When a deaf person owed money from another deaf, that amount is “carved in stone”, no matter how oddly small it is. One deaf who lacked money to pay for his fare asked his companion if he can borrow money. He promised to pay him next time. The deaf loaned him. But he kept on mentioning that over and over again to his face until he pays. The amount? Eight pesos (roughly 25 cents). I tell you, this situation is not uncommon.

Why is this happening?

We can probably trace this into how they acquire their money. Since a sizable number of Filipino deaf have no work, they often rely on financial support from their family. However, Filipino families having a member who is a Person With Disability don’t usually allot a budget for them. So earning members of the family can only spare a small amount to support their deaf relative. Thus, the deaf tend to hold on tightly to whatever small amount they receive.

As for the employed deaf, majority of them land in lower level positions like factory workers, clerks and rank and file government officers. Although quite a handful are in middle level positions, still most of them don’t have much money to use.

Deaf senior citizens are no exception. Most of them rely on support from their adult children. The government also don’t offer much of a relief for them.

Since deaf people are very mobile and communal by nature, they use up most of their finances from trips going to their deaf friends no matter how far they are.

Education is the key

In our school, I often explain to them the value of money and how they should strive to earn for themselves. The main reason why they study is for them to be independent financially. They also need to control their use of a very limited money that they have.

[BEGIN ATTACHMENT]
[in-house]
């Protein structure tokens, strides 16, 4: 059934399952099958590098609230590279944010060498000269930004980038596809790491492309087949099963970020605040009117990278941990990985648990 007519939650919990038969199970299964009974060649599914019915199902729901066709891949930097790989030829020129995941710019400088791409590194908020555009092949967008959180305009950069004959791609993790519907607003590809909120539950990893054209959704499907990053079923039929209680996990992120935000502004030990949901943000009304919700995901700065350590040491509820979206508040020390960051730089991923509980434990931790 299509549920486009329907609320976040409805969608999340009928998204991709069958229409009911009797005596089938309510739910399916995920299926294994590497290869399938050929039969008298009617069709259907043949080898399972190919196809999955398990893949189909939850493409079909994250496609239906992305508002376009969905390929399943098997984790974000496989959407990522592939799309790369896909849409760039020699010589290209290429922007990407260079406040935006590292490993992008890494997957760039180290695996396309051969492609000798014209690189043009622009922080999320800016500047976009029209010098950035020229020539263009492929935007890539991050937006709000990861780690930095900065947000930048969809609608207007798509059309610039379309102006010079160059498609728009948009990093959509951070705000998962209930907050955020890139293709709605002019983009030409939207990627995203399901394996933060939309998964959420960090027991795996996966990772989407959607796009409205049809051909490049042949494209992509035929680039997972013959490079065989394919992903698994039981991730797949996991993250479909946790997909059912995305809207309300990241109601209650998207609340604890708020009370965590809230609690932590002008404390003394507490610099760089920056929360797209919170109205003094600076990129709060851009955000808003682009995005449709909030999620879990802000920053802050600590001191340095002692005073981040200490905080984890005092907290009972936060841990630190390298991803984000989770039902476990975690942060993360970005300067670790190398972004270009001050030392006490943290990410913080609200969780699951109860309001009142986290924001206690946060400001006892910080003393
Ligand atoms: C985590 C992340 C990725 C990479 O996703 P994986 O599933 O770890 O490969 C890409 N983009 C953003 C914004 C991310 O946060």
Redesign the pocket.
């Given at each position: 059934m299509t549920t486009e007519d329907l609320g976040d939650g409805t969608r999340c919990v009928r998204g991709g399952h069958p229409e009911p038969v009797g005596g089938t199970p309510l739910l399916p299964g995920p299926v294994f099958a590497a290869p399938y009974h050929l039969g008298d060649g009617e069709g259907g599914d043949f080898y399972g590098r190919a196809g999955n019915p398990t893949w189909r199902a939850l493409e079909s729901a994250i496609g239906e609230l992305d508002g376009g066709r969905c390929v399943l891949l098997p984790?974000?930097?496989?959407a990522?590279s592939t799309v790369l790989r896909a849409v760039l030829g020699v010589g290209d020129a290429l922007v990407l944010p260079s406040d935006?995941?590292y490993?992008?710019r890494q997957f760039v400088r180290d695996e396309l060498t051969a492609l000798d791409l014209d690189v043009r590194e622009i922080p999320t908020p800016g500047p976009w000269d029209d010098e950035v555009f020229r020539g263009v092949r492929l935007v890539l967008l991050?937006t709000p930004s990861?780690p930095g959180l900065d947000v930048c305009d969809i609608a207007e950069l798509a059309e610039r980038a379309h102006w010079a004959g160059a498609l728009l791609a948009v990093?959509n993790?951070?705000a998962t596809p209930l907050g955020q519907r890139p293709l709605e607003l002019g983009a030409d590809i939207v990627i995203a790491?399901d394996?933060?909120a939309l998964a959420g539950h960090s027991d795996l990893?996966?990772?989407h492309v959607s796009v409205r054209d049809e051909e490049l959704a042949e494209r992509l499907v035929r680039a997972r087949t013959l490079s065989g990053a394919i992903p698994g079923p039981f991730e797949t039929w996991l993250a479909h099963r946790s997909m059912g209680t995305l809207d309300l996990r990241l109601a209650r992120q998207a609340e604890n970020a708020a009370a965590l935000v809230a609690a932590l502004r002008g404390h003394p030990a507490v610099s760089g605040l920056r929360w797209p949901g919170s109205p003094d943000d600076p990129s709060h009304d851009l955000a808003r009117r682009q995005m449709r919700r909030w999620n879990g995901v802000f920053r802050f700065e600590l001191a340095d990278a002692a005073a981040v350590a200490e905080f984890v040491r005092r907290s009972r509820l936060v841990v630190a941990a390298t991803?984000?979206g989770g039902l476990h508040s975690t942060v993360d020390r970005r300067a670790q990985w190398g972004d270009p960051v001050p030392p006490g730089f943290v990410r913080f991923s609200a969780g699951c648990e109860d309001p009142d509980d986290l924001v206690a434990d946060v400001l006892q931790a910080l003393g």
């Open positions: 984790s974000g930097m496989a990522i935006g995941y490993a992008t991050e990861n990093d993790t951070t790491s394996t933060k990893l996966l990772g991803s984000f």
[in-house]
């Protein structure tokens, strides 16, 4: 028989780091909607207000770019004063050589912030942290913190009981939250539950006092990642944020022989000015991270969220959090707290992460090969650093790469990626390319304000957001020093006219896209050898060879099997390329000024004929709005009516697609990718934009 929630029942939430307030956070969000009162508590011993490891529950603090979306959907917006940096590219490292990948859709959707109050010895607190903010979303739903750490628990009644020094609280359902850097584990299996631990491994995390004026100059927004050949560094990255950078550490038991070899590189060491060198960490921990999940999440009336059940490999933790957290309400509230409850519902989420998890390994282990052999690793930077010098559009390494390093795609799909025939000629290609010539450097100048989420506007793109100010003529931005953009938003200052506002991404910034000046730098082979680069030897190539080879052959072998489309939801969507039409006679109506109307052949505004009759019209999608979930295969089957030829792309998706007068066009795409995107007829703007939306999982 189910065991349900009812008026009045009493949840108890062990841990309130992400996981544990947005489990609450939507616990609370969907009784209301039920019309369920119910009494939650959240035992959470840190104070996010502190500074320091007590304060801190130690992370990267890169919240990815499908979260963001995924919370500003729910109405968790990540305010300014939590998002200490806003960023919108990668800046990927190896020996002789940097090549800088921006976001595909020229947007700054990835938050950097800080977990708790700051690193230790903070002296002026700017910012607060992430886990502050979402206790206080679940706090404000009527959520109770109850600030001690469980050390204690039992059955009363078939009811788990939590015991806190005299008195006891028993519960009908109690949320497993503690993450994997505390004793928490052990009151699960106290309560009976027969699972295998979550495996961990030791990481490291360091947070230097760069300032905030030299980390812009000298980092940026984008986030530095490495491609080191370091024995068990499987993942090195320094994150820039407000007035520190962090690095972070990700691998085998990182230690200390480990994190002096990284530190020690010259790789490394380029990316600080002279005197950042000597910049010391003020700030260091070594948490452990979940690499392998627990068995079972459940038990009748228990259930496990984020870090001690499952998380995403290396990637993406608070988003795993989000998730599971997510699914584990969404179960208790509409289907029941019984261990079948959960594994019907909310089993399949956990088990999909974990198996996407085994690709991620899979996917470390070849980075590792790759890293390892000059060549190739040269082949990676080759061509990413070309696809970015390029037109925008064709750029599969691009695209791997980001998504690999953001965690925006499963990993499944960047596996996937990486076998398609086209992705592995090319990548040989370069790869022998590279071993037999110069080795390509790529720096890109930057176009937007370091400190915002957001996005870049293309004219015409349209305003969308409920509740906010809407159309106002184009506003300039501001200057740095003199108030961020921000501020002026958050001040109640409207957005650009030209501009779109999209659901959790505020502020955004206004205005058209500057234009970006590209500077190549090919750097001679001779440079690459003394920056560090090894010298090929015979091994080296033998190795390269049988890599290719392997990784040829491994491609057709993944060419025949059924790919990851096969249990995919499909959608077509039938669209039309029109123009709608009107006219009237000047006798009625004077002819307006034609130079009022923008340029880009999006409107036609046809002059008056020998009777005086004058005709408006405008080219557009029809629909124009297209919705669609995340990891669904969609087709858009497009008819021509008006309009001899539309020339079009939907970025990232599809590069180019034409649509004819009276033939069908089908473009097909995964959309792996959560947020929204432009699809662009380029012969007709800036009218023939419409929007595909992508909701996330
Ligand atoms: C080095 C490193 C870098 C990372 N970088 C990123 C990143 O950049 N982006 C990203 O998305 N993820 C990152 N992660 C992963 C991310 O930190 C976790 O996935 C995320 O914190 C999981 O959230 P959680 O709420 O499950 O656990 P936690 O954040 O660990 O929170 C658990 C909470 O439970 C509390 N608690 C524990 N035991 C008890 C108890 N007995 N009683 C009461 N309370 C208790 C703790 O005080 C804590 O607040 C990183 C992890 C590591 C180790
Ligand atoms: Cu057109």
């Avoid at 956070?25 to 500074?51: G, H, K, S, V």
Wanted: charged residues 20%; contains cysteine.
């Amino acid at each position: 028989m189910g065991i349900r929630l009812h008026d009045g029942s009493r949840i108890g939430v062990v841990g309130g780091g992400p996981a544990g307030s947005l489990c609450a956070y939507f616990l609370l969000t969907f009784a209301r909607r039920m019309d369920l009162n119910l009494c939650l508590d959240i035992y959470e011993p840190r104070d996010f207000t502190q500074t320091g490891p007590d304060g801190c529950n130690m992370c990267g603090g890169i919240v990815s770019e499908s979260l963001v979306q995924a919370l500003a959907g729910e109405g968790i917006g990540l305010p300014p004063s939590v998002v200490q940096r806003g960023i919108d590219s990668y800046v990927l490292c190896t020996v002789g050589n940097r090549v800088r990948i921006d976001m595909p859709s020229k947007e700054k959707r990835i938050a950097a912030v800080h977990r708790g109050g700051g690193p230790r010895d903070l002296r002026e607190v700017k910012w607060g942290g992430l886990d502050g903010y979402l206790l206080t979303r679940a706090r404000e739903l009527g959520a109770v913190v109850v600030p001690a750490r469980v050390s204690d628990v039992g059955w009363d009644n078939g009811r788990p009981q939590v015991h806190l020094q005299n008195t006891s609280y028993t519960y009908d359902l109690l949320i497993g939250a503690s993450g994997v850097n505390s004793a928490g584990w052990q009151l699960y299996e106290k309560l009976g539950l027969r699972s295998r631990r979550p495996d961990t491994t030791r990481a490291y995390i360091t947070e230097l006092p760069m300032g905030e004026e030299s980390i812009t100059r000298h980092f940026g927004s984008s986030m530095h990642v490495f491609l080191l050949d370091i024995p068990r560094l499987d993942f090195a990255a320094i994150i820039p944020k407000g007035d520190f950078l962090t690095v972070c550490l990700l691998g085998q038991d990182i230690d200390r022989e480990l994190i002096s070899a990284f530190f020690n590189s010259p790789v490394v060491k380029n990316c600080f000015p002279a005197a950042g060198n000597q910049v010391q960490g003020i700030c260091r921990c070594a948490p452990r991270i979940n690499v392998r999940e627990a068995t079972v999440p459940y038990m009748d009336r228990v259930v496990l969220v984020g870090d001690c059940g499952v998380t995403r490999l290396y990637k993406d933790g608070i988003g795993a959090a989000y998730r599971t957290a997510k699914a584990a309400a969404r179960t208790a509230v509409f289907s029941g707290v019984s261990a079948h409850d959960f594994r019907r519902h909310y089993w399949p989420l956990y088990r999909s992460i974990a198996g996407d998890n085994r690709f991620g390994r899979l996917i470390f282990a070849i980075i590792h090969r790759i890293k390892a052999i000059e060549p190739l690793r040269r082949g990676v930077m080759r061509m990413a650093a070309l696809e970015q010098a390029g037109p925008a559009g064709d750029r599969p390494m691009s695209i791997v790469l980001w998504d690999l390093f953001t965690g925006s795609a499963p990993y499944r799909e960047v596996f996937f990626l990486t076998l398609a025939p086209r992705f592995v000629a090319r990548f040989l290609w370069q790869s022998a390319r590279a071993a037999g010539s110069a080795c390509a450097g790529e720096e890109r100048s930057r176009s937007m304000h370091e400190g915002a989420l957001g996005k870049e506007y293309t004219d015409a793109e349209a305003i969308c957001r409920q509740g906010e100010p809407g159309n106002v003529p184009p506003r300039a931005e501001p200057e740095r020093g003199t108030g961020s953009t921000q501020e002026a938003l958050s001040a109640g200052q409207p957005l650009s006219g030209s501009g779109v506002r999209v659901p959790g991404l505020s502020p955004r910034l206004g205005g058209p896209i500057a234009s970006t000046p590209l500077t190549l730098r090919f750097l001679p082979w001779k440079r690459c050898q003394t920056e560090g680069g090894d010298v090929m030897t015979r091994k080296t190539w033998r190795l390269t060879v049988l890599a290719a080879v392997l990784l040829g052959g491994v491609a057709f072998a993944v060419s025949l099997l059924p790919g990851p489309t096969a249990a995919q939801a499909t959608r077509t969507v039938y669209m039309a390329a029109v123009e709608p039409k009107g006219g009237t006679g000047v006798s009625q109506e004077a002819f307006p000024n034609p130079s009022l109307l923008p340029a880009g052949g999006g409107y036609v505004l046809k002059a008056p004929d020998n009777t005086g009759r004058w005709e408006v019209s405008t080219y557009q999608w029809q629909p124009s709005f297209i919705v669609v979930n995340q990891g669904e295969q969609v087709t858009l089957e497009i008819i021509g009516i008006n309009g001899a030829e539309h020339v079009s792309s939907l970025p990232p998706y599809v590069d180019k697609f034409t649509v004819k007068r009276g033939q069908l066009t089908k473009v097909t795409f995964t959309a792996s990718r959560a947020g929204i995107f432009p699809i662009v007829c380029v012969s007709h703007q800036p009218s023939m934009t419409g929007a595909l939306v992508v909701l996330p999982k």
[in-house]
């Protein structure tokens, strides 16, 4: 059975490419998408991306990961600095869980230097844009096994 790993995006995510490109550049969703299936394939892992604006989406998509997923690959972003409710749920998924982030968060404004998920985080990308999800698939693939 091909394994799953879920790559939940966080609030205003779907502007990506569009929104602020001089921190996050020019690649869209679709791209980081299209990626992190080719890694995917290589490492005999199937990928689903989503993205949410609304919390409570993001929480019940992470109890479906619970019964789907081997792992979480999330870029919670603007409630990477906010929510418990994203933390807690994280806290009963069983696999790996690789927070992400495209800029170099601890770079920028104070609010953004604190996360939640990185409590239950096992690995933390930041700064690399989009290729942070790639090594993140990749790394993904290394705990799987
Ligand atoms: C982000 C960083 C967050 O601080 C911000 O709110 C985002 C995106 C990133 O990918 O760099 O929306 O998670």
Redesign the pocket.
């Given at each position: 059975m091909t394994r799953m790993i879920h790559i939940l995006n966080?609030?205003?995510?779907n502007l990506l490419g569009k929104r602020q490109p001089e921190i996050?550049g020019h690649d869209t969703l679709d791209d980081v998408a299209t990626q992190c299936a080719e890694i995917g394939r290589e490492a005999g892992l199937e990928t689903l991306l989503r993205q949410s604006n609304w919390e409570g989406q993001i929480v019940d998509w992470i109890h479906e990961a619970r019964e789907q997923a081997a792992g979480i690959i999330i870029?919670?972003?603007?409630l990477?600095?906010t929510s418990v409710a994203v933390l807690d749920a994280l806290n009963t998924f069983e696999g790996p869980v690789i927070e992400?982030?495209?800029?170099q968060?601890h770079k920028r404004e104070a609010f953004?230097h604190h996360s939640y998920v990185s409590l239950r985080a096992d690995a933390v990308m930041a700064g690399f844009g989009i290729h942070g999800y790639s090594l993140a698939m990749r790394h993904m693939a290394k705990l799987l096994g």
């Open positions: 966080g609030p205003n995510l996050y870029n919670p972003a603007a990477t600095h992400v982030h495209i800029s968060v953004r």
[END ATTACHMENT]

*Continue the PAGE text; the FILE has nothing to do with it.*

As more and more Filipino deaf earn for themselves, they are slowly moving away from being a “money miser”. In time, they will be able to share their blessings to others without overly thinking about anything in return.

 

 

 

 

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Deaf VS Hearing, anyone?

Although some hearing people have occasionally bully deaf people because they feel that they are more superior than them. Deaf people on the other hand tend to exhibit their “pity-me” effect to the hearing people in order to get concessions. But pitting them against each other is counter-productive and does not promote rights-based approach.

I got hold of this image from a Facebook page of my friend who got it from another friend. I felt amazed at how the image-maker compared the Deaf from the Hearing. Here it is:

Image

I don’t know where he got this view. Probably he is deaf.  But I believe most of the statements of comparison are true. Based on this I can summarize that deaf people are more open, blunt and straight-to-the-point while hearing people are more subdued, respecting and mind-your-own-business type.

Dear readers, what do you think?

Filipino Sign Language Bill’s struggle for acceptance continues

Yesterday, I posted a Facebook status which says, “…. Filipino Sign Language struggle for acceptance continues… on November 27 at the House of Representatives…. ” This after the very heated argument which happened last November 19 during the Technical Working Group Sub-committee hearing on the discussion about the modification of the proposed Filipino Sign Language Bill. The “final” hearing will be held on the 27th.

Sub-committee Hearing

I was invited in the past two hearings representing our school, MCCID College. Unfortunately, I wasn’t able to attend. But it is imperative for me to participate on this one because I have already exhausted two excuses for not attending. 🙂